Tuesday, February 7, 2012


*some names and minor details changed to protect anonymity. . . . yeah, yeah, you know. 

 "This is not a coincidence.
And far more 
than a lucky chance."

~ Stevie Wonder in "A Ribbon in the Sky"

I walked into a room today to see a patient that I'd never seen before. Well, I take that back. Technically, she was like many patients I've seen before-- a middle-aged black woman with some of the most "bread and butter" medical problems you can imagine. Diabetes. Hypertension. High cholesterol. Oh, and "a little extra weight."

That said, even though I had seen all of her problems before, it was true that I had never seen her. And so. Moments before entering her room, I'd quietly listened to this senior resident presenting her case. It was fairly straightforward. A follow up visit for all of those everyday problems, all of which seemed to be under excellent control.

I found her still sitting on top of the examining table where Farrah, her resident doctor, had left her before coming to get me. Her spine was as straight as a ruler and her hands were resting calmly on her lap.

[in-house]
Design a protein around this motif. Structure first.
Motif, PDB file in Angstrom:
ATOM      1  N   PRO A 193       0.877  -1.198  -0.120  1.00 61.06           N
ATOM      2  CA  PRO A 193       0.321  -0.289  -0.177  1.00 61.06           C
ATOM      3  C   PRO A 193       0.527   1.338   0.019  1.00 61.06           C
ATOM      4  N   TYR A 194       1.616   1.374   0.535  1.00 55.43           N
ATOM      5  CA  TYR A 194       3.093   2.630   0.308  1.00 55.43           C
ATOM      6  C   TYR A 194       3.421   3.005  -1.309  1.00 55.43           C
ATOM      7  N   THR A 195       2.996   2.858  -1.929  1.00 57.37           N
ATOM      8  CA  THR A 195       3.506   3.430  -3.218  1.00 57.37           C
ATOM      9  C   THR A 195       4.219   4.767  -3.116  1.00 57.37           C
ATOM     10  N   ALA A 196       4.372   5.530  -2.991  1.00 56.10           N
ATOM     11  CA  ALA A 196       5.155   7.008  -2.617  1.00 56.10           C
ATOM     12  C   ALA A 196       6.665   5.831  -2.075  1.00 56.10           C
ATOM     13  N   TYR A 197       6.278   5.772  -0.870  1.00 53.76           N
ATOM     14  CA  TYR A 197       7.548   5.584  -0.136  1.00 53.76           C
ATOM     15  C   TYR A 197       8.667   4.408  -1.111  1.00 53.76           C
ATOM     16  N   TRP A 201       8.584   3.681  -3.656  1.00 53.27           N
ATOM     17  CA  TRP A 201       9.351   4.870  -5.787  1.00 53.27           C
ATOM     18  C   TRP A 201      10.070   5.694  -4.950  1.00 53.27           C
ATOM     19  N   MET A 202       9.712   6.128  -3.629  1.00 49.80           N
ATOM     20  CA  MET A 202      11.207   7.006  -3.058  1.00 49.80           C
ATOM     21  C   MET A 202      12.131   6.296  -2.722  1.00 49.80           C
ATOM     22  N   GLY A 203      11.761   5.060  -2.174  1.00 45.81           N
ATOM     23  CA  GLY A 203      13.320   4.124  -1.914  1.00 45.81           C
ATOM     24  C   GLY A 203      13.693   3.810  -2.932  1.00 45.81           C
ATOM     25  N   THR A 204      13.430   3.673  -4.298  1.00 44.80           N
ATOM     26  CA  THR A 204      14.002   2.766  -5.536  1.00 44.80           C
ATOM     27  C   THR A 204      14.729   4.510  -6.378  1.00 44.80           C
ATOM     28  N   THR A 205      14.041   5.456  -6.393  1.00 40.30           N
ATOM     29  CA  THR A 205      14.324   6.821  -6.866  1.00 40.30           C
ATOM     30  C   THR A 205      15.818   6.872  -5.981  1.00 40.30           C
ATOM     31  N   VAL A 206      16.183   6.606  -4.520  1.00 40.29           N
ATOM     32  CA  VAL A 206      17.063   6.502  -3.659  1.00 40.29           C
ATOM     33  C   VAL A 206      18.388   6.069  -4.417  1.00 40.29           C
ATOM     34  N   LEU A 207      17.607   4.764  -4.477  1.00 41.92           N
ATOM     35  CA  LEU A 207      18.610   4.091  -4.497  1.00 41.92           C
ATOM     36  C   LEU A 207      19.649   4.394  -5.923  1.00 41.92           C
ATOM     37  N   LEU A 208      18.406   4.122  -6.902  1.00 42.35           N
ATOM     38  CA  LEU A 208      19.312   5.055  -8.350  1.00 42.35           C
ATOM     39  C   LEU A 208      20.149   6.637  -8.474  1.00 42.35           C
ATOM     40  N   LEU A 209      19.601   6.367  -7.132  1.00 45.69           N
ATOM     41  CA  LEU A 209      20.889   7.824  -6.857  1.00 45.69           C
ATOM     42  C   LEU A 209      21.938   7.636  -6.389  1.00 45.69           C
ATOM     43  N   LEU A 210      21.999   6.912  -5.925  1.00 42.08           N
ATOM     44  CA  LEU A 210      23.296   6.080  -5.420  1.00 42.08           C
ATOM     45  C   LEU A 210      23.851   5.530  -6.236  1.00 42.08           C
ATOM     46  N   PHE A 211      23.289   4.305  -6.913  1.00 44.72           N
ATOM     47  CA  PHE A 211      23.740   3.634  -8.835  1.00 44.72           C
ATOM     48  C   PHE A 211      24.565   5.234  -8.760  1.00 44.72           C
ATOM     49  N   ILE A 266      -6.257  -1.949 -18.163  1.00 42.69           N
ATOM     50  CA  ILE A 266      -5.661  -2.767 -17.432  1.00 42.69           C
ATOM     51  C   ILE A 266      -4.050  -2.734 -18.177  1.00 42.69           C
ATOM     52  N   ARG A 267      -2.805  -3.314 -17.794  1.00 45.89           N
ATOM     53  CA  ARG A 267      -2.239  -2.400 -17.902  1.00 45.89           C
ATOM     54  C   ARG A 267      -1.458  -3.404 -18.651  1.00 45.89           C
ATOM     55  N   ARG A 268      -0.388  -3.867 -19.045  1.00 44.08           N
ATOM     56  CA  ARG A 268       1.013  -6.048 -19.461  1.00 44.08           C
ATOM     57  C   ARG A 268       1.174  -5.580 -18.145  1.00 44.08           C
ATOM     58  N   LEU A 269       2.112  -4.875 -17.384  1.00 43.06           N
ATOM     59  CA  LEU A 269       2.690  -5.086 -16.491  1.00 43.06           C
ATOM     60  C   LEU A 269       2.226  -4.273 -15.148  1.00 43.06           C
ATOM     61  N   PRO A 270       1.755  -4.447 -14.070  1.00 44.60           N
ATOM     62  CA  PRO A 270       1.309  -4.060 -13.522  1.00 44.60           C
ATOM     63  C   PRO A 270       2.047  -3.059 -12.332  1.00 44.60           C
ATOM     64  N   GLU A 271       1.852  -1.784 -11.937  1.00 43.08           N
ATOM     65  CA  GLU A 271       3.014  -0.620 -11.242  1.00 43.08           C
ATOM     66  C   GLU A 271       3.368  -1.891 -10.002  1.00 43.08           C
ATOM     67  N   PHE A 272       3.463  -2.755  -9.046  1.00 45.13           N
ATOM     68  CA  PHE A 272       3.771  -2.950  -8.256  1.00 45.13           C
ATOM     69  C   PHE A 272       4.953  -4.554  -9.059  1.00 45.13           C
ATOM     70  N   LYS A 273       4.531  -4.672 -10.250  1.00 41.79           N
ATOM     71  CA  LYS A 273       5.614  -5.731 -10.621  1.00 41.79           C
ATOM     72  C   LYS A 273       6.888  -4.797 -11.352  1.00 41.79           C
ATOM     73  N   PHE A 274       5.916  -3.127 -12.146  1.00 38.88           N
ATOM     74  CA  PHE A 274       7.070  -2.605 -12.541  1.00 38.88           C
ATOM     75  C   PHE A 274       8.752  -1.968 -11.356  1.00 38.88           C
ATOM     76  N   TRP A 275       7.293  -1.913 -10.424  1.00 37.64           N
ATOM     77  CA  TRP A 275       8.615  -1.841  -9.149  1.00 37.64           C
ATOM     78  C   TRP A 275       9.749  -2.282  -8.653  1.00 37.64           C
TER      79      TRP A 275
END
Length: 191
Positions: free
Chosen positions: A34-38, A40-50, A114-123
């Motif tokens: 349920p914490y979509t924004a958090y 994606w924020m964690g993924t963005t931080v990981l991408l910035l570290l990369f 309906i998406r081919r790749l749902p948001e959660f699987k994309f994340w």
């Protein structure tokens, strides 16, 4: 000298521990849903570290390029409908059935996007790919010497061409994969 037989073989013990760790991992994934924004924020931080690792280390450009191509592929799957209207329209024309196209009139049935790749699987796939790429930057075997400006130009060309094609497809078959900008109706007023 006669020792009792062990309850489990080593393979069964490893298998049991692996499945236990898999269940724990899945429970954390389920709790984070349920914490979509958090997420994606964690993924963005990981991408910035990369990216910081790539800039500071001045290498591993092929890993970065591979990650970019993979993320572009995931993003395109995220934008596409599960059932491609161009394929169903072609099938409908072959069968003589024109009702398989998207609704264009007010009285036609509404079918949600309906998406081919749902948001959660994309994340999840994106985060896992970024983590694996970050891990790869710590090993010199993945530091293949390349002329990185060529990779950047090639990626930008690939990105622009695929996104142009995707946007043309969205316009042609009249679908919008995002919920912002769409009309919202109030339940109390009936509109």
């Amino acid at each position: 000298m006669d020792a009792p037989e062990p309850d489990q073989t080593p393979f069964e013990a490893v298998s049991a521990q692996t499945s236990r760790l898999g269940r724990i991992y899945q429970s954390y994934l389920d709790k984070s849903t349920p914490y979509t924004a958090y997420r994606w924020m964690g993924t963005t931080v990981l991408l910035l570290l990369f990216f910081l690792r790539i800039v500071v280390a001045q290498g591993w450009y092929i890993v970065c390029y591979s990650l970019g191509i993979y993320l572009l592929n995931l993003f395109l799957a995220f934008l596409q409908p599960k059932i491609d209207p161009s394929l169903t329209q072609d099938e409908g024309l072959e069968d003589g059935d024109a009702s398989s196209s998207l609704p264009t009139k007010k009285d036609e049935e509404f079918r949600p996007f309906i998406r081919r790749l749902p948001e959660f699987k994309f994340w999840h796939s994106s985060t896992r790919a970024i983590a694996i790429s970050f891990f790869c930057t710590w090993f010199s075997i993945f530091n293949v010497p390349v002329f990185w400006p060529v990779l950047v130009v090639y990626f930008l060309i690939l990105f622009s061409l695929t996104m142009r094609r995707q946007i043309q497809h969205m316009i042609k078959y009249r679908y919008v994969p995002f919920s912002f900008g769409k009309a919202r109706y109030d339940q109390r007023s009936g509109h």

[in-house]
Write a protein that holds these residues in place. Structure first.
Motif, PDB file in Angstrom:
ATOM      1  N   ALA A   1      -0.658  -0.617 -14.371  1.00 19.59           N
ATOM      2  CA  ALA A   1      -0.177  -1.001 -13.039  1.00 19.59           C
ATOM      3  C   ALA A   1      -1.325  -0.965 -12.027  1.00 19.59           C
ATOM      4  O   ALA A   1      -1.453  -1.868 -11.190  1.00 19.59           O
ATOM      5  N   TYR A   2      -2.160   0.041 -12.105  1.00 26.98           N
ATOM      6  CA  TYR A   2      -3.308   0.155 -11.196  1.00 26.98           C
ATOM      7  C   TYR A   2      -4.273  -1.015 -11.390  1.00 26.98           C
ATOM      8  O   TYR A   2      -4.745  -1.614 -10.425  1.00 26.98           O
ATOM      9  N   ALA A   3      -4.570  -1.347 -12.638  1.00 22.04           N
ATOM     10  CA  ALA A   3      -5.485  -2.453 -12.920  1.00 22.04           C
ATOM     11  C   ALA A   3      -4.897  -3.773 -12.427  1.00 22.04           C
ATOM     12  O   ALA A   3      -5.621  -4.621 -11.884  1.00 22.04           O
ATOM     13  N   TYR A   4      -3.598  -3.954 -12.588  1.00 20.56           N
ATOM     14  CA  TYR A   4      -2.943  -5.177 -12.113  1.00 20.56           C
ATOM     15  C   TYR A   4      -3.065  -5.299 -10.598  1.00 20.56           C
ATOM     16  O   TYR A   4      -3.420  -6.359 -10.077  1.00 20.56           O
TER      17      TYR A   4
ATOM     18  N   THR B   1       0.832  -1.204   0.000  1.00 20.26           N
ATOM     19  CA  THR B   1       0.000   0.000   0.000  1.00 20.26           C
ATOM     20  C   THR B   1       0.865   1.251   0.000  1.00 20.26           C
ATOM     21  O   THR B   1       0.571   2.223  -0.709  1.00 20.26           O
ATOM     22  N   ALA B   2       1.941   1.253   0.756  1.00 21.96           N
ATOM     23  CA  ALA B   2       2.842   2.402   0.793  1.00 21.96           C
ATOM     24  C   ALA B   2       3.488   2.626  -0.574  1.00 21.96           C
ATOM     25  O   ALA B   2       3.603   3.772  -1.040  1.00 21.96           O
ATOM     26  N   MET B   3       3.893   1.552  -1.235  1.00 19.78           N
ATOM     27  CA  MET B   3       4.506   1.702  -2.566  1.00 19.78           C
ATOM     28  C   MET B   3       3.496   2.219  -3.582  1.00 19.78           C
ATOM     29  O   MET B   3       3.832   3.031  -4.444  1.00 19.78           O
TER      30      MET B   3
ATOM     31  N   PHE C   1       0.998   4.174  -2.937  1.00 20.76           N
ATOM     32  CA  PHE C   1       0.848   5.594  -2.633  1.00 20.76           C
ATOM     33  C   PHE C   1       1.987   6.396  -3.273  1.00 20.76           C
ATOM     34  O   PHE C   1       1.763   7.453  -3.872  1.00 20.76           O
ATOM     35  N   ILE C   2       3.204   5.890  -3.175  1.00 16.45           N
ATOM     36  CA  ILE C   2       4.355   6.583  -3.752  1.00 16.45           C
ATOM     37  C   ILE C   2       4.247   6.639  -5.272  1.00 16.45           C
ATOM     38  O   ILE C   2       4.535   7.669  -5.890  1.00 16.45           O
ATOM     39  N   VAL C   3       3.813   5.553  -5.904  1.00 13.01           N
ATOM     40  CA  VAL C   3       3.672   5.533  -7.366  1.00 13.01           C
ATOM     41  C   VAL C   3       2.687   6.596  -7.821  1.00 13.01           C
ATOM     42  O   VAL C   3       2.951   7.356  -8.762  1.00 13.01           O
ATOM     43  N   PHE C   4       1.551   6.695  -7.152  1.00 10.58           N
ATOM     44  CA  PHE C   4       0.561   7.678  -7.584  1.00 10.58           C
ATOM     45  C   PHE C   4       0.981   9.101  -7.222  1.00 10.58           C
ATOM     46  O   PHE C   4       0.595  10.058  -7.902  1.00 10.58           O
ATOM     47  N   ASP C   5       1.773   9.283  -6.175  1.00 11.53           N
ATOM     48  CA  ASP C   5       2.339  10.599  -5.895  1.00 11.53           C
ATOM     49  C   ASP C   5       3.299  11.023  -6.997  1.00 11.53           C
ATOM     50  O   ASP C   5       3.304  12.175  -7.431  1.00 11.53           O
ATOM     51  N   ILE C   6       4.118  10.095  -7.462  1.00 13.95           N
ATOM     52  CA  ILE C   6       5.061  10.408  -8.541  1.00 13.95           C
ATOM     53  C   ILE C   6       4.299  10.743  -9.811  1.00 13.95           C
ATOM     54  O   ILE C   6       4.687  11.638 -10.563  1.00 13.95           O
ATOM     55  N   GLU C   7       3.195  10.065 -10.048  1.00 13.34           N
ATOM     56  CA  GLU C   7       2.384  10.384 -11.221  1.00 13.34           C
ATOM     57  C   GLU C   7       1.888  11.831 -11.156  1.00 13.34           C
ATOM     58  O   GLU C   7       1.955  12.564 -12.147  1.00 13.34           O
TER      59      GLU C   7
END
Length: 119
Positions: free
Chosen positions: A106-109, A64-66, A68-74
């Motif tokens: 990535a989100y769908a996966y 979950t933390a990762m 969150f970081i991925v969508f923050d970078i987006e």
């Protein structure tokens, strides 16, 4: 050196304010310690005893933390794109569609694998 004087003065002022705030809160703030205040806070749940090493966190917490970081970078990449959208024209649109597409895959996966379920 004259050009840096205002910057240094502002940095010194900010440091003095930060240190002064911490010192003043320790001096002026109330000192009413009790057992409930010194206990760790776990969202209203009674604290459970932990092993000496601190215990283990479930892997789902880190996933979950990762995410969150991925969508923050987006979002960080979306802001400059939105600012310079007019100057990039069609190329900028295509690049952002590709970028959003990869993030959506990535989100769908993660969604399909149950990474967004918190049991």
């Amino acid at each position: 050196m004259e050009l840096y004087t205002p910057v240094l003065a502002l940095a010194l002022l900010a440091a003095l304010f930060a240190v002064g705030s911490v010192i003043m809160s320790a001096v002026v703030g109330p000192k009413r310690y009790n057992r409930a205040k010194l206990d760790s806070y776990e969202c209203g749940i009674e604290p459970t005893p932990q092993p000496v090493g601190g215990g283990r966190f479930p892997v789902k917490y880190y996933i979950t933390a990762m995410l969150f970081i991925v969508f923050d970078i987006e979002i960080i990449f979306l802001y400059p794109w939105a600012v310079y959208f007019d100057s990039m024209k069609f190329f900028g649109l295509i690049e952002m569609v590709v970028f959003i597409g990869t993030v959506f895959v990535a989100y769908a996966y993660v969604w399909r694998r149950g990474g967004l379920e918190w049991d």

"Good morning," I greeted her. "My name is Dr. Manning and I work with your doctor. We were just putting our heads together a bit about you and I wanted to come and meet you."

"It's a pleasure to make your acquaintance," she quickly replied.

A pleasure to make my acquaintance?

I loved the formality of her voice and the silky quality of it. Despite her nearly seven decades of talking, her vocal cords show no evidence of wear and tear whatsoever. No crackling sounds reminiscent of old 45's spinning under nickel-weighted needles. No gravelly hoarseness or wobbly tremulousness. Just this buttery smooth sound floating from her lips like silky ribbons in the sky. The pleasure was all mine. Already.